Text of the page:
Professor Keith Matthews elected Fellow of the Academy of Medical Sciences
Keith Matthews, Professor of Parasite Biology, has been elected to join the prestigious Fellowship of the Academy of Medical Sciences.
Fellows are elected for their outstanding contributions to biomedical and health science, leading research discoveries, and translating developments into benefits for patients and the wider society.
Keith Matthews’s studies on the lifecycle of Trypanosome parasites have led to significant advances in understanding disease severity and spread in Sub-Saharan Africa.
African Trypanosome parasites are spread by the Tsetse fly and cause ‘sleeping sickness’ in humans and the devastating disease ‘nagana’ in cattle and other livestock, causing major agricultural losses.
His research is unravelling the processes that allow parasites to change into a ‘stumpy’ form, which maximises their ability to spread to tsetse flies.
Recent work by his group has also revealed that disease spread may be boosted by social interactions between parasites and competition between species could influence disease severity.
Tackling the disease is difficult as there are no vaccines for cattle and existing drugs are old and have dangerous side effects.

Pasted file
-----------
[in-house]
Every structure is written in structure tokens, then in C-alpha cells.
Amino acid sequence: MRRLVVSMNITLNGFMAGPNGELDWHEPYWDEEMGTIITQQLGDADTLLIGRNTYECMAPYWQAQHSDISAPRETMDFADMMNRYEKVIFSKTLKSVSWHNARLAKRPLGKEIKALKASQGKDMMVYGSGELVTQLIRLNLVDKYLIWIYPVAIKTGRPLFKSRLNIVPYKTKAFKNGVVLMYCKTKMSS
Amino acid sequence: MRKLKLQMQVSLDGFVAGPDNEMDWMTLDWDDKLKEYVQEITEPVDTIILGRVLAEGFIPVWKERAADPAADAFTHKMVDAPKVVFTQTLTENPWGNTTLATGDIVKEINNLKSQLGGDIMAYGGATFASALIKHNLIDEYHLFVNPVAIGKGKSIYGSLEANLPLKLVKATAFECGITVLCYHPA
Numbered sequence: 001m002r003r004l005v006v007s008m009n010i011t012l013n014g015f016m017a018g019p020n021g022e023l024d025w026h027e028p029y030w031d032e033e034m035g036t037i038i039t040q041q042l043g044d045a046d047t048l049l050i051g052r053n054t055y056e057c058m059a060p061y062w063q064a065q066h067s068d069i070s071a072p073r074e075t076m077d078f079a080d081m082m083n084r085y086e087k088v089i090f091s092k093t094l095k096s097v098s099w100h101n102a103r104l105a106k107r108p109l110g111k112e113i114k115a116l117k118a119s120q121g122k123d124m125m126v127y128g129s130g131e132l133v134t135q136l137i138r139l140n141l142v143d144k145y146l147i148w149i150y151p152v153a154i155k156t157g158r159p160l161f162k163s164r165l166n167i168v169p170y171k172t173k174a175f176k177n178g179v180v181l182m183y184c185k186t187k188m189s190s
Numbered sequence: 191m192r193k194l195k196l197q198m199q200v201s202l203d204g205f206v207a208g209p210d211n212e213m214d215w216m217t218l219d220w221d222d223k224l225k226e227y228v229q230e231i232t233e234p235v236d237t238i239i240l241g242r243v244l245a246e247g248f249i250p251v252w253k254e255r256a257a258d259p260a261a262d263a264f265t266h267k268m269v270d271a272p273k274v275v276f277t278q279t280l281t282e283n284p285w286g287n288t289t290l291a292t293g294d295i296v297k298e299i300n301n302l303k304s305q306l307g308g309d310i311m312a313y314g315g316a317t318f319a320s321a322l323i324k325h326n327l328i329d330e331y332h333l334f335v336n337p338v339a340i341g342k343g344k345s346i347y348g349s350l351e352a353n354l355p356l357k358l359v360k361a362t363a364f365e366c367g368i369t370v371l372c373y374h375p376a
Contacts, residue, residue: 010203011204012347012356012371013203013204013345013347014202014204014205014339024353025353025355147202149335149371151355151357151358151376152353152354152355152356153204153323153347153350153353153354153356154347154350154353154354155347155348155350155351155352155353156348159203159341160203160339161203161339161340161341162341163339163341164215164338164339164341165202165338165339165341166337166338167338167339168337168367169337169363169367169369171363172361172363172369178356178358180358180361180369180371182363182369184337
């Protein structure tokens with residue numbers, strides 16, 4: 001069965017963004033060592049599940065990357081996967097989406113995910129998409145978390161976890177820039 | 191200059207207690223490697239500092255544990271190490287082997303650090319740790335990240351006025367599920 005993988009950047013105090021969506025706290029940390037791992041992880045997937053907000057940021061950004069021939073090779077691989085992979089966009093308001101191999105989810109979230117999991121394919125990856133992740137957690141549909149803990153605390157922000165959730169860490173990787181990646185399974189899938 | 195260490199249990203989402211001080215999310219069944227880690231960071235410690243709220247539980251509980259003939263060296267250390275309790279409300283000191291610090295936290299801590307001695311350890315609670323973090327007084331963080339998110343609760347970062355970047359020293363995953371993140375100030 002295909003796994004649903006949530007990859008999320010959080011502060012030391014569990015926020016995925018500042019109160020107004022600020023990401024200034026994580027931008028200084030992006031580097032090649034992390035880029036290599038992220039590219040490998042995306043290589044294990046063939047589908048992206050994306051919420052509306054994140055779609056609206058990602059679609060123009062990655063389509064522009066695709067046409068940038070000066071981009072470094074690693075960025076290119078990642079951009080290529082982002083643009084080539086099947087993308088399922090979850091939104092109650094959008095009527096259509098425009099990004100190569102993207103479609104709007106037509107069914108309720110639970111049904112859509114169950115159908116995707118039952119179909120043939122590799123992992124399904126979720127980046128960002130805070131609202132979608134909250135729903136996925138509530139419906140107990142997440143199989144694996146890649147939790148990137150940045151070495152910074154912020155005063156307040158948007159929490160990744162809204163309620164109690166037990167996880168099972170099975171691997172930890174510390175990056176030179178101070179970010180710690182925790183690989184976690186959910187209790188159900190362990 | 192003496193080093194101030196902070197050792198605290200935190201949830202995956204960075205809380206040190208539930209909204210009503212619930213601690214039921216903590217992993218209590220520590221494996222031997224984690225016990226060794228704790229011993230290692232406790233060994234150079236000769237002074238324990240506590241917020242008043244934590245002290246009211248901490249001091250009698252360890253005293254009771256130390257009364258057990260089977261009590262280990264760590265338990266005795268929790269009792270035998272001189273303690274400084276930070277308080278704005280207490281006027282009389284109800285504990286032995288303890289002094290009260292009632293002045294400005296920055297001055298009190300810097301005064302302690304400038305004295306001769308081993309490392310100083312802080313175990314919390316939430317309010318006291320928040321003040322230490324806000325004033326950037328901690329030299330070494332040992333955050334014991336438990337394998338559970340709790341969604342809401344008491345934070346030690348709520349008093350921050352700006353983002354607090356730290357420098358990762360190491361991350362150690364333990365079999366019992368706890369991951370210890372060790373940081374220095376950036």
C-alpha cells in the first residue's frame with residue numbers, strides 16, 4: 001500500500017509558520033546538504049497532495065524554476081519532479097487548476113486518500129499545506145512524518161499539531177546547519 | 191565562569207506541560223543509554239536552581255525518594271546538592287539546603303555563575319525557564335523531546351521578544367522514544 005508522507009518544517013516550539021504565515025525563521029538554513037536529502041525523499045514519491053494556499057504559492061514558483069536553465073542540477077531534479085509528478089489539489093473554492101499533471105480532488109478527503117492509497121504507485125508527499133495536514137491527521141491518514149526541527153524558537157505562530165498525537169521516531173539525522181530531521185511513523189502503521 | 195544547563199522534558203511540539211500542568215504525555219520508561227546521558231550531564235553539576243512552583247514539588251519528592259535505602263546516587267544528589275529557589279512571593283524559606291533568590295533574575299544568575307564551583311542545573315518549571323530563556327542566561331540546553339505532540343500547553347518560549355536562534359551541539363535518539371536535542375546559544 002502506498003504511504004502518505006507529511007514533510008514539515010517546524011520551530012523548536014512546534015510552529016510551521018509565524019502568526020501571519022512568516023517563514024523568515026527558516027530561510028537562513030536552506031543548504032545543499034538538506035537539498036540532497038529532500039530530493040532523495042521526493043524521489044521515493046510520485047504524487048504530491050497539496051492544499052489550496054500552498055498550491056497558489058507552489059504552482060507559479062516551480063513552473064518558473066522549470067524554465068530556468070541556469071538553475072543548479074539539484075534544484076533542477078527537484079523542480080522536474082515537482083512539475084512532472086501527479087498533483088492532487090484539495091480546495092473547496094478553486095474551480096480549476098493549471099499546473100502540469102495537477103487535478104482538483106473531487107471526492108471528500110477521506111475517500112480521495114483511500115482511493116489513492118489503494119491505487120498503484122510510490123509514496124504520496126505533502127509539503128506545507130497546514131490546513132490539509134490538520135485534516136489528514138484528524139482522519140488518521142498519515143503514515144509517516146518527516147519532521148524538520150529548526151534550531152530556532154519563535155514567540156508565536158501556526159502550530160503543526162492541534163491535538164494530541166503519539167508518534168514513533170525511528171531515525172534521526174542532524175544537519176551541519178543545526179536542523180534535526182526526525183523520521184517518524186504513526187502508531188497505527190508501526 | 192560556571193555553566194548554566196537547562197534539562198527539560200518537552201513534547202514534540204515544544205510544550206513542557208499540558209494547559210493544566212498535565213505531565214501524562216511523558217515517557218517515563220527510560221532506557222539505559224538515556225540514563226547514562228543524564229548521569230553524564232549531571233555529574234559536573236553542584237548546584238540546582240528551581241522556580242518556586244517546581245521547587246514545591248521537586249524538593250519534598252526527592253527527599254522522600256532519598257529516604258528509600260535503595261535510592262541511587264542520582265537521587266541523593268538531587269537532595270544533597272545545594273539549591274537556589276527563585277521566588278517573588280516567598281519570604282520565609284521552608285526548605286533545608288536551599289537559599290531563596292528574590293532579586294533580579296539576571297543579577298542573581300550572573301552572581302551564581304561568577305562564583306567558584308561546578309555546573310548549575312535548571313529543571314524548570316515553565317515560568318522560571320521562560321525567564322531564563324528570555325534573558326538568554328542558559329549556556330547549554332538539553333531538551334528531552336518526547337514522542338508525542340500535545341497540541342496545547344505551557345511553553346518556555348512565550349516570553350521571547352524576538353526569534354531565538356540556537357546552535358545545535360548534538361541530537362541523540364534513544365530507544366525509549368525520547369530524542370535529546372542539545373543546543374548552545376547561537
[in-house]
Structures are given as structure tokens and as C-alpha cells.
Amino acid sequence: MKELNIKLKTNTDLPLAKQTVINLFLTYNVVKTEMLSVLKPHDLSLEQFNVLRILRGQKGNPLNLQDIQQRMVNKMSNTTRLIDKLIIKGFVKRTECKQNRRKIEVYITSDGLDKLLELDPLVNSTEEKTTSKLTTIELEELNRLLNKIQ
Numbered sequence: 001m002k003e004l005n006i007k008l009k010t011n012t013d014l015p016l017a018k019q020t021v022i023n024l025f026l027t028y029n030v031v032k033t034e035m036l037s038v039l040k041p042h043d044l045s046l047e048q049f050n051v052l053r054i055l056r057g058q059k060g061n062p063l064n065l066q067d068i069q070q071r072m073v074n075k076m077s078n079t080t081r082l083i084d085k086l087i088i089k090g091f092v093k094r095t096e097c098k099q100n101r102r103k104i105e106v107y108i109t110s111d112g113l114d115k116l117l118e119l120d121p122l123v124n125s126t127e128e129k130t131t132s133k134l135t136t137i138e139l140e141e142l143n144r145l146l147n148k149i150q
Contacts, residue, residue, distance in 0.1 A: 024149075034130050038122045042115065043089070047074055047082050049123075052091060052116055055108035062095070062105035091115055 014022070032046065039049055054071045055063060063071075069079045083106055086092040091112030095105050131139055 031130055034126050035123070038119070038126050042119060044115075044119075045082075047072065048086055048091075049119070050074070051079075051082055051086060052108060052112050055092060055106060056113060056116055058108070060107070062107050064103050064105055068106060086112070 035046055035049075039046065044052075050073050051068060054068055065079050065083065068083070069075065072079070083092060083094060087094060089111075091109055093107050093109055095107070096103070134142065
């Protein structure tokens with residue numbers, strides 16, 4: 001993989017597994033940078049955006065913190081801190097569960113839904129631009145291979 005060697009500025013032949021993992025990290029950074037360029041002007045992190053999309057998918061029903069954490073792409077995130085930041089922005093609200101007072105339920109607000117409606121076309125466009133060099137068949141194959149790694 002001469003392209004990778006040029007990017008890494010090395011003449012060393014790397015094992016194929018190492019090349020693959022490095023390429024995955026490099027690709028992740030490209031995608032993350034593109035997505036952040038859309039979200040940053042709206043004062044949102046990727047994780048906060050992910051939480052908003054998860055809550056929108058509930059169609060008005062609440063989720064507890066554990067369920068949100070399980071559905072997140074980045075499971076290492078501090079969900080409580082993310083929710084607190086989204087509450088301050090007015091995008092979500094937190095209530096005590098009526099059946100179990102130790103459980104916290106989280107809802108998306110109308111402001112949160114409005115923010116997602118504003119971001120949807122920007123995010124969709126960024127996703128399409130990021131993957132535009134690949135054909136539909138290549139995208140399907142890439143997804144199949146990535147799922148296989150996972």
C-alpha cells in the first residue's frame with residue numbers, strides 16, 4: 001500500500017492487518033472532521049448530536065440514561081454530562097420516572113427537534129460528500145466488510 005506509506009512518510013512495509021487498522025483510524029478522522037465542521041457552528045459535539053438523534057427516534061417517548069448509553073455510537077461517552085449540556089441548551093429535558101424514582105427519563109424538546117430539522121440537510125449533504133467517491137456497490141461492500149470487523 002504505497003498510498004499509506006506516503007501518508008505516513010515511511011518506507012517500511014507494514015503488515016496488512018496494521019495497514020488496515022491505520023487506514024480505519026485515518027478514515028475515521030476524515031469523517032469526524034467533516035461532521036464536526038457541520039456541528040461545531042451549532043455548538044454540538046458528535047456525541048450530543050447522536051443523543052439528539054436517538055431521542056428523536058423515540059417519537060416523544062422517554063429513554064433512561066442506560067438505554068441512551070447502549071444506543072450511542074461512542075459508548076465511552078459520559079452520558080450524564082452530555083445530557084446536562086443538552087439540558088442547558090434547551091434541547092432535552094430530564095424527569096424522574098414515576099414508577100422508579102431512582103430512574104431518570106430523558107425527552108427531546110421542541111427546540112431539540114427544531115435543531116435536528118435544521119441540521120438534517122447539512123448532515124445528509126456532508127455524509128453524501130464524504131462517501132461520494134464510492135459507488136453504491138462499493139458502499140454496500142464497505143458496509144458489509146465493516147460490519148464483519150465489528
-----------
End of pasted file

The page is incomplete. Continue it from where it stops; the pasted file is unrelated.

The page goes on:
Identifying vulnerable points in the parasite’s lifecycle could lead to new ways to limit the spread of the disease or its severity through drug therapy.
Professor Matthews was 2008 recipient of the C. A. Wright medal from the British Society for Parasitology and elected Fellow of the Royal Society of Edinburgh in 2014.
In 2015, he was the Sanofi-Pasteur International laureate for his outstanding contributions to the field of tropical medicine and neglected diseases.
The Academy of Medical Sciences elected 48 new Fellows, including two from the University of Edinburgh.
The new Fellows will be formally admitted to the Academy at a ceremony on 27 June 2018.
“I am honoured to be elected a Fellow of the Academy of Medical Sciences. Infectious Disease research is enormously strong at the University of Edinburgh and my laboratory has benefited immensely from this diverse, collegiate and interactive environment.”